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  • Potato Yield of Organic cultivation in Germany not affected as much as conventional farming by drought and heat
Yield organic of potatoes has not collapsed as much as that of conventional ones

According to a survey by Bio Kartoffel Erzeuger e.V., the organic potato yields in Germany have not dropped as much as the conventional ones

oktober 19, 2018
In Germany the harvest of organic potatoes is completed nationwide. Individual farms still have some tubers for processing in the ground or were unable to clear them due to the continuing drought. In many regions, a complete harvest was only possible when the fields were irrigated previously.

Dry soil

Without irrigation, on light, sandy soil the risk of injury to the tubers would be large. The loose earth, necessary for the correct transport of the tubers through the machines, would fall away too quickly when dry. The heavier soils are so dry that solid clots have formed. These often sharp-edged lumps can also lead to considerable damage to the tubers.

The farmers without irrigation just have to wait until the weather changes. After the first harvest surveys by the Bio Kartoffel Erzeuger e. V., the organic potato yields have not dropped as much as the conventional ones. However, farms without irrigation have to contend with huge yield losses or even total failures.

Wound healing

After cultivation and harvest, storage is the third important component, indispensable for good quality. In storage, the potatoes undergo a period of 'wound healing' after being harvested. Small tears or abrasions are repaired by the tuber itself. Thereafter, table potatoes must be cooled down slowly to a temperature of approx. 4°C and then must be kept at a constant temperature. Under good conditions, the potatoes will then last up to 10 months.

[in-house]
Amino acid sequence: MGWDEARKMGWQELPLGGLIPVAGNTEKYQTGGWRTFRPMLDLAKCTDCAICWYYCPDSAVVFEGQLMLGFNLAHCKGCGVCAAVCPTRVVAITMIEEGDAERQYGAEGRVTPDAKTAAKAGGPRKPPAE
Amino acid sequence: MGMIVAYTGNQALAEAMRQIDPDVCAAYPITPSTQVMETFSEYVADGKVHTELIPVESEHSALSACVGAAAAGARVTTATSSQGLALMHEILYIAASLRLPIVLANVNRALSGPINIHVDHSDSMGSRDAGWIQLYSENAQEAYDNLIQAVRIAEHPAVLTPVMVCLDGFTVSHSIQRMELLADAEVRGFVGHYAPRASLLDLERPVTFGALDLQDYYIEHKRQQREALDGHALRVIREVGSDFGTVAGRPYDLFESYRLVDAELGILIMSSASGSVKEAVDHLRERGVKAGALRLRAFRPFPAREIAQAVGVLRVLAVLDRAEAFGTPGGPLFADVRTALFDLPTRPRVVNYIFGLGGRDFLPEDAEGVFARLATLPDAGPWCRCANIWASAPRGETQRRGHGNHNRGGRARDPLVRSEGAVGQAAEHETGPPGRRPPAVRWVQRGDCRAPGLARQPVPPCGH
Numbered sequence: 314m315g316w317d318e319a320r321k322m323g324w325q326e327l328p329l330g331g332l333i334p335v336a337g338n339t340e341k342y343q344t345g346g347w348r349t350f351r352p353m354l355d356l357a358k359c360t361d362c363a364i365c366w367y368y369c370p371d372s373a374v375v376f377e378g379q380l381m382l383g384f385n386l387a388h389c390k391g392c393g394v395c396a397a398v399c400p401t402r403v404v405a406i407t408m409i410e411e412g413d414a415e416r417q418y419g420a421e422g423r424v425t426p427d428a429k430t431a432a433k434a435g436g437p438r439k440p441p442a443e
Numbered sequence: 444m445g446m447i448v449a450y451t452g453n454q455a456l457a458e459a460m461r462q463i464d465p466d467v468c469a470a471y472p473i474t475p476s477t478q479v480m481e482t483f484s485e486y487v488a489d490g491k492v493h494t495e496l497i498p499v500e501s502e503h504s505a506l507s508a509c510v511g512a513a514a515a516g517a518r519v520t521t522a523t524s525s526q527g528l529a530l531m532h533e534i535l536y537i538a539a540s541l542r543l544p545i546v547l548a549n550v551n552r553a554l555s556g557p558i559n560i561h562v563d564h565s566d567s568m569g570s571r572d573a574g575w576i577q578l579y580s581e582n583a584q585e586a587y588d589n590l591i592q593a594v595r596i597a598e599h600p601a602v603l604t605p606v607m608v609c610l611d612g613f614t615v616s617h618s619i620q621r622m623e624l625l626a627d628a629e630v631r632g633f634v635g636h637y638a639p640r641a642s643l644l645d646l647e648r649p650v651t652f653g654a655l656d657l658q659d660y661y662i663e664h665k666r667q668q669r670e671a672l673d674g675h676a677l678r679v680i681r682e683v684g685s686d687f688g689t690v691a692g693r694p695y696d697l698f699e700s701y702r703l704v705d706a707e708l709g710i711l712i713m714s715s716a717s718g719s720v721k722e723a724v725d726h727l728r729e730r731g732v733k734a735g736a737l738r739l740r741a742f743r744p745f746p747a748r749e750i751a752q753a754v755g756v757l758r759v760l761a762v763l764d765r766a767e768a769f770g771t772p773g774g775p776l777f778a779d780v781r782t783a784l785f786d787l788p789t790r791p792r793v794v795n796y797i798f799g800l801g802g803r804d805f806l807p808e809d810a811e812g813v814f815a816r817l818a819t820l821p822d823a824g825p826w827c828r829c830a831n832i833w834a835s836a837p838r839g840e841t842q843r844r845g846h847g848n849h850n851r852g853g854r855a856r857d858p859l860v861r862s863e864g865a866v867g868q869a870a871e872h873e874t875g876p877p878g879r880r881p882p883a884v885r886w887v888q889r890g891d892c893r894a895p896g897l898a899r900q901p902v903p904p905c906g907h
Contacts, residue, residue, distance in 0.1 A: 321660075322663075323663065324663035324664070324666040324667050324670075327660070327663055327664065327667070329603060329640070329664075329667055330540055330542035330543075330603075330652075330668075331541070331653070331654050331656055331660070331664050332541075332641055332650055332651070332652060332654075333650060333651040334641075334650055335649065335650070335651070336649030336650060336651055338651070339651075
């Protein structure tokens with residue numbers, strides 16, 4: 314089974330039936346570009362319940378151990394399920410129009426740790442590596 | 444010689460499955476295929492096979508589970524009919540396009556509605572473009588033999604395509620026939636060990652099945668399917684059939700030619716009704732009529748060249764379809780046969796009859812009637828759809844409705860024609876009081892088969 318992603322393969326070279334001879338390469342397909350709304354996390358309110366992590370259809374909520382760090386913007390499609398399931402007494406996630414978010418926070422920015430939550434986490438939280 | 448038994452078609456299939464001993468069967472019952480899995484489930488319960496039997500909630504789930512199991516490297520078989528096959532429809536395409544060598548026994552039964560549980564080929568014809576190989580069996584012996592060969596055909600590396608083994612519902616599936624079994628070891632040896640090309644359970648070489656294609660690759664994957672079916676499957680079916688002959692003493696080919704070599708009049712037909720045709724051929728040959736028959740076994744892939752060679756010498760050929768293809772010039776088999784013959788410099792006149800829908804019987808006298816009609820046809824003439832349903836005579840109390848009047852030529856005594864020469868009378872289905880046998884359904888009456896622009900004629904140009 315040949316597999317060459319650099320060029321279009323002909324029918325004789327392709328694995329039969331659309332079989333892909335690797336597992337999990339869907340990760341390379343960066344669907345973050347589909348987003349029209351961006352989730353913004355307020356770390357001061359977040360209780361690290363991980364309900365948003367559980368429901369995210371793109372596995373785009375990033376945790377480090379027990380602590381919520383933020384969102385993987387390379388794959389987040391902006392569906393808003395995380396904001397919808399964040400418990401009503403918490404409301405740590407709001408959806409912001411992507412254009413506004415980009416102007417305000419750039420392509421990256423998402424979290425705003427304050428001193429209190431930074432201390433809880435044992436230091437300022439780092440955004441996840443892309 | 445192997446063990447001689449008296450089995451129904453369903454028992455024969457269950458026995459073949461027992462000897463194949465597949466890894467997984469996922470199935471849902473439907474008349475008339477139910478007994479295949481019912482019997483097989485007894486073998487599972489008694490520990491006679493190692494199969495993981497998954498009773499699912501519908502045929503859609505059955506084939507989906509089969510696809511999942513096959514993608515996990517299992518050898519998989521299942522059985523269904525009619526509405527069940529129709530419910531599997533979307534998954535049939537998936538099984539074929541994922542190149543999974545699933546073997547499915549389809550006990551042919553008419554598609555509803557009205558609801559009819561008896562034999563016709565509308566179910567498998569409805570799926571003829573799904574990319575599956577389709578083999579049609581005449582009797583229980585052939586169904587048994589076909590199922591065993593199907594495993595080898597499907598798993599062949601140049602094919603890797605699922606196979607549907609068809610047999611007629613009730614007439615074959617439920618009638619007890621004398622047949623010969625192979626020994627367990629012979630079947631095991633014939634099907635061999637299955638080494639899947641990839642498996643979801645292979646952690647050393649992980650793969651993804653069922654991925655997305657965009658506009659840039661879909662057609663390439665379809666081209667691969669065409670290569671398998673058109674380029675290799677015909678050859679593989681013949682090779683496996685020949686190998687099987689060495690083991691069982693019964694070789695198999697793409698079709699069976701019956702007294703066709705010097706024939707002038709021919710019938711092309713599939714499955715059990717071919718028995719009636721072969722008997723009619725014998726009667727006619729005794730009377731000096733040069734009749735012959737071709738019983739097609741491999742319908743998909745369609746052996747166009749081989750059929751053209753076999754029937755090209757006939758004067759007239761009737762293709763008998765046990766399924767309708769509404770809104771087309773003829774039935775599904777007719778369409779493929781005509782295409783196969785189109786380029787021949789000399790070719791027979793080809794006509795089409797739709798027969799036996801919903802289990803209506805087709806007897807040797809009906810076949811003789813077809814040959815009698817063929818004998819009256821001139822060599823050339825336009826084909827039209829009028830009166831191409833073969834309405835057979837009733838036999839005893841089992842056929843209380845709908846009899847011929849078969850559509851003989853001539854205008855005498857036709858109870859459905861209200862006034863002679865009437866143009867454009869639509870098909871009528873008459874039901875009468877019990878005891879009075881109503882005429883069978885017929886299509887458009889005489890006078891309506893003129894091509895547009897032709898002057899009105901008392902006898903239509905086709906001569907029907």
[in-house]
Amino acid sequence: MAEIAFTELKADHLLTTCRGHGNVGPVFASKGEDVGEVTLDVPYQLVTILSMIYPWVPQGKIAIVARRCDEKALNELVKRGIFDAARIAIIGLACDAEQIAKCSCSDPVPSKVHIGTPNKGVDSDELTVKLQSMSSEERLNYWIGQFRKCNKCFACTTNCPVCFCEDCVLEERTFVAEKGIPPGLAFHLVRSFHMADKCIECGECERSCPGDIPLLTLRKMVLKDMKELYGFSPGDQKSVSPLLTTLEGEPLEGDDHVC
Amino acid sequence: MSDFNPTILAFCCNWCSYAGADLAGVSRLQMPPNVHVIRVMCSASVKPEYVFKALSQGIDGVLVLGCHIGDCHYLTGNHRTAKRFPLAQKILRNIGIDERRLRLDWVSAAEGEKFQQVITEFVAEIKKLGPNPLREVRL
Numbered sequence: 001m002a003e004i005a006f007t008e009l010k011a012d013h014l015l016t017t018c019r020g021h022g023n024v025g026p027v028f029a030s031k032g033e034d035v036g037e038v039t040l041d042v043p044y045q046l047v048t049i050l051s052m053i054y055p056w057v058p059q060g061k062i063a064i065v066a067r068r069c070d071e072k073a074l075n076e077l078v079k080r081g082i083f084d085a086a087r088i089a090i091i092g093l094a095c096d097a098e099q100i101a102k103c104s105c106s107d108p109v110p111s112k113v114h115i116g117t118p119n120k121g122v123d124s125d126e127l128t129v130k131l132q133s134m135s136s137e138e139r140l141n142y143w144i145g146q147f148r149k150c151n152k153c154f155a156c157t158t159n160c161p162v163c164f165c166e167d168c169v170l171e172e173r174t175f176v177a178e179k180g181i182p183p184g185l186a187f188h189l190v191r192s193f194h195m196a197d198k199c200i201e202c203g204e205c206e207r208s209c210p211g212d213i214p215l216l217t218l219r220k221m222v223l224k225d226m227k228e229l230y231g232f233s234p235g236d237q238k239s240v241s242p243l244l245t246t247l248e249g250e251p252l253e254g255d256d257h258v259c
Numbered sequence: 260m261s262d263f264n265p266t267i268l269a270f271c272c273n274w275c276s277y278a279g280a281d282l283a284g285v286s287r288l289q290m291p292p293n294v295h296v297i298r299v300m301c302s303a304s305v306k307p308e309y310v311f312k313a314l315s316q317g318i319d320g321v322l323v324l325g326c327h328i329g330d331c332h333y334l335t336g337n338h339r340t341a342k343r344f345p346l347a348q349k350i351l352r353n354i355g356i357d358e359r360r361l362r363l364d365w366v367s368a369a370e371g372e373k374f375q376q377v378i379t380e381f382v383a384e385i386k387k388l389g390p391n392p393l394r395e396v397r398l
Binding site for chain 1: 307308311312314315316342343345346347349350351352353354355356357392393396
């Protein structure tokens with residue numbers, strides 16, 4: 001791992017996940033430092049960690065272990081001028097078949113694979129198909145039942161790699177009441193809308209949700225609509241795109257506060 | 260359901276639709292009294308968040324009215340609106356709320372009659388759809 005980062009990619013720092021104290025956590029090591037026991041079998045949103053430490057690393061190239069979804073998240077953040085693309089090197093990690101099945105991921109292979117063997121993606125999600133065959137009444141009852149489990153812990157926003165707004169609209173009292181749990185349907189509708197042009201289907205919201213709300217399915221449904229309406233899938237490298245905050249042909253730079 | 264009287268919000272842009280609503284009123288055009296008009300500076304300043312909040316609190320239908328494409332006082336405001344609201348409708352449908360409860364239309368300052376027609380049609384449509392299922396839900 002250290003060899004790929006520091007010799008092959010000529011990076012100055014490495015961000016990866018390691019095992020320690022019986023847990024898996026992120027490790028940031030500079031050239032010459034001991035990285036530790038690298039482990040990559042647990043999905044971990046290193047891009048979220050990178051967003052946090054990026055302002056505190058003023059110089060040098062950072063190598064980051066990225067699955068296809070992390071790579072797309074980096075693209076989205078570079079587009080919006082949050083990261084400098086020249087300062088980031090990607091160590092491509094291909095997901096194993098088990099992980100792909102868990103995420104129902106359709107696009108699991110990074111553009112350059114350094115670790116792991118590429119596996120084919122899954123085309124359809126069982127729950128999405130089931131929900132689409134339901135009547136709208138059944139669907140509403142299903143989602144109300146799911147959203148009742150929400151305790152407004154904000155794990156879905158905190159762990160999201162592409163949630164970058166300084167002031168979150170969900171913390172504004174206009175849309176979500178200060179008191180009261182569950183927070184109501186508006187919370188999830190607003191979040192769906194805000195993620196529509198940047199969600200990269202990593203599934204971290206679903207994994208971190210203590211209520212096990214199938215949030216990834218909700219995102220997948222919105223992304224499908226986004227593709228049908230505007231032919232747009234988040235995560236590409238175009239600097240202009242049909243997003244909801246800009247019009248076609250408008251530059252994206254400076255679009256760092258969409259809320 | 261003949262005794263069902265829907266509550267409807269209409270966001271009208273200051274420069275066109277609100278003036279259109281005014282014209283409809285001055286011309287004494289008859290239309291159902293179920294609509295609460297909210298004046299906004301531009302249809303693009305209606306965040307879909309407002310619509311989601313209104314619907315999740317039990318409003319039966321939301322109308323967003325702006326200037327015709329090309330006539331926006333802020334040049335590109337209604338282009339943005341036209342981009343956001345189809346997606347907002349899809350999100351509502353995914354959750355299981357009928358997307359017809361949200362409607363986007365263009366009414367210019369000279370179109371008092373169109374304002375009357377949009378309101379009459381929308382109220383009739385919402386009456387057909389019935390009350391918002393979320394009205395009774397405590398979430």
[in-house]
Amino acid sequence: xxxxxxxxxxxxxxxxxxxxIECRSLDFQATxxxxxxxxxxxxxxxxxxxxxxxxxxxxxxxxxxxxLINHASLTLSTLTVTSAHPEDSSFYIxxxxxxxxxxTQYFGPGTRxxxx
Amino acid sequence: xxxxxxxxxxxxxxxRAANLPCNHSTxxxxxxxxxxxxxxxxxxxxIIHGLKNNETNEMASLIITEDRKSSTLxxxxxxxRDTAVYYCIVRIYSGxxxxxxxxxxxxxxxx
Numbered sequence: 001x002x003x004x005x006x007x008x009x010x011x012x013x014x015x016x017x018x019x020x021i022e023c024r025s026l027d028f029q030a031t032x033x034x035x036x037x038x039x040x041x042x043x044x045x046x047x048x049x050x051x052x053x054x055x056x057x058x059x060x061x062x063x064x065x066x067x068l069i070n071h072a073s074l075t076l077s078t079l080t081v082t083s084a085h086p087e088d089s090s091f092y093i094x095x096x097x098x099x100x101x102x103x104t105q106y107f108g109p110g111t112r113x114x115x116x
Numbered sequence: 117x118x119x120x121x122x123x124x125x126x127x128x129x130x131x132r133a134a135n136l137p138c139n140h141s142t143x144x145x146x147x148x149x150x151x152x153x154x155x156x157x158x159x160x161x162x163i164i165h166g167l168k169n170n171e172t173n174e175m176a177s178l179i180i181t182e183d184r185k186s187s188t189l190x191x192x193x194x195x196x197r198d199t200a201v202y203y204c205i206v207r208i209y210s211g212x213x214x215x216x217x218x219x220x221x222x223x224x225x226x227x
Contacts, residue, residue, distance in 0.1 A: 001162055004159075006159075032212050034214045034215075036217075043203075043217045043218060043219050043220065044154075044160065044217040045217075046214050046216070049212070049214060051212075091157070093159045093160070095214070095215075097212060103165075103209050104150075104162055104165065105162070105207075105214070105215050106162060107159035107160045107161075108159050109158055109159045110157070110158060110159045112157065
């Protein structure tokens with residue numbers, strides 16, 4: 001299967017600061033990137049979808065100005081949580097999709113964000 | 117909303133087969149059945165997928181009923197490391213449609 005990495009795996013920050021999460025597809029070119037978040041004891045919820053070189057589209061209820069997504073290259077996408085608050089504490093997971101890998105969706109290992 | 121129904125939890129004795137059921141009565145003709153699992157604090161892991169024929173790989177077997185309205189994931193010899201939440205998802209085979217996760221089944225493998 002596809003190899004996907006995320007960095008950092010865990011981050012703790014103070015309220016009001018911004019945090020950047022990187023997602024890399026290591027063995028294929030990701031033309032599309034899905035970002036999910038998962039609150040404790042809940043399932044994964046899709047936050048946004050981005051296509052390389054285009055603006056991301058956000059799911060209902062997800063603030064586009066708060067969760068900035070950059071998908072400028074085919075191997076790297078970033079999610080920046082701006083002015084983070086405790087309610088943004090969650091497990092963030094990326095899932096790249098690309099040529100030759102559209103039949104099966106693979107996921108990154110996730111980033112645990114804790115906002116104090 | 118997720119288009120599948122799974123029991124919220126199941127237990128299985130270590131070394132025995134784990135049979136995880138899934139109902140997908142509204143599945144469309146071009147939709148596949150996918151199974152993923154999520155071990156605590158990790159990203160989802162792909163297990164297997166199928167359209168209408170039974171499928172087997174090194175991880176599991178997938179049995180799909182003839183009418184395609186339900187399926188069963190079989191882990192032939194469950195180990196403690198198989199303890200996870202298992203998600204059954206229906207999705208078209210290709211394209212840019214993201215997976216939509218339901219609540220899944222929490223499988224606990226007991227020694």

These good conditions are now hard to achieve, as many potato storages are not equipped by (enough) mechanical cooling and need to be cooled by circulating (cool) outside air. The continuing drought is exacerbated by the fact that temperatures are remaining high.

Gerd Barge, operations manager of the Raiffeisen potato warehouse in Pudripp:

“Many people enjoy a 'golden autumn', but these temperatures of 26-28°C are much too high for the storage of potatoes.”
There, several thousand tons of organic potatoes from eastern Lower Saxony are stored.

Physiological ageing

No matter how the potatoes are stored, the costs of cooling and ventilation are significantly higher as the temperatures in the indoor rooms ​​go up again and again. Under these conditions, early potato varieties in particular do not achieve the necessary dormancy and they will start to make shoots again. As a result, the tubers will consume additional moisture (potatoes are some 78% water) and they will soften. This does not diminish their quality, but it spoils their appearance and promotes physiological ageing.

Furthermore, there is a significant weight loss in the stored potatoes. According to the German Weather Service, the average temperatures in September and October 2018 are up to 3.8°C higher than average. So we have had a year of extremes. Drought over very long periods, paired with an unusually warm fall poses a constant challenge to agriculture in general.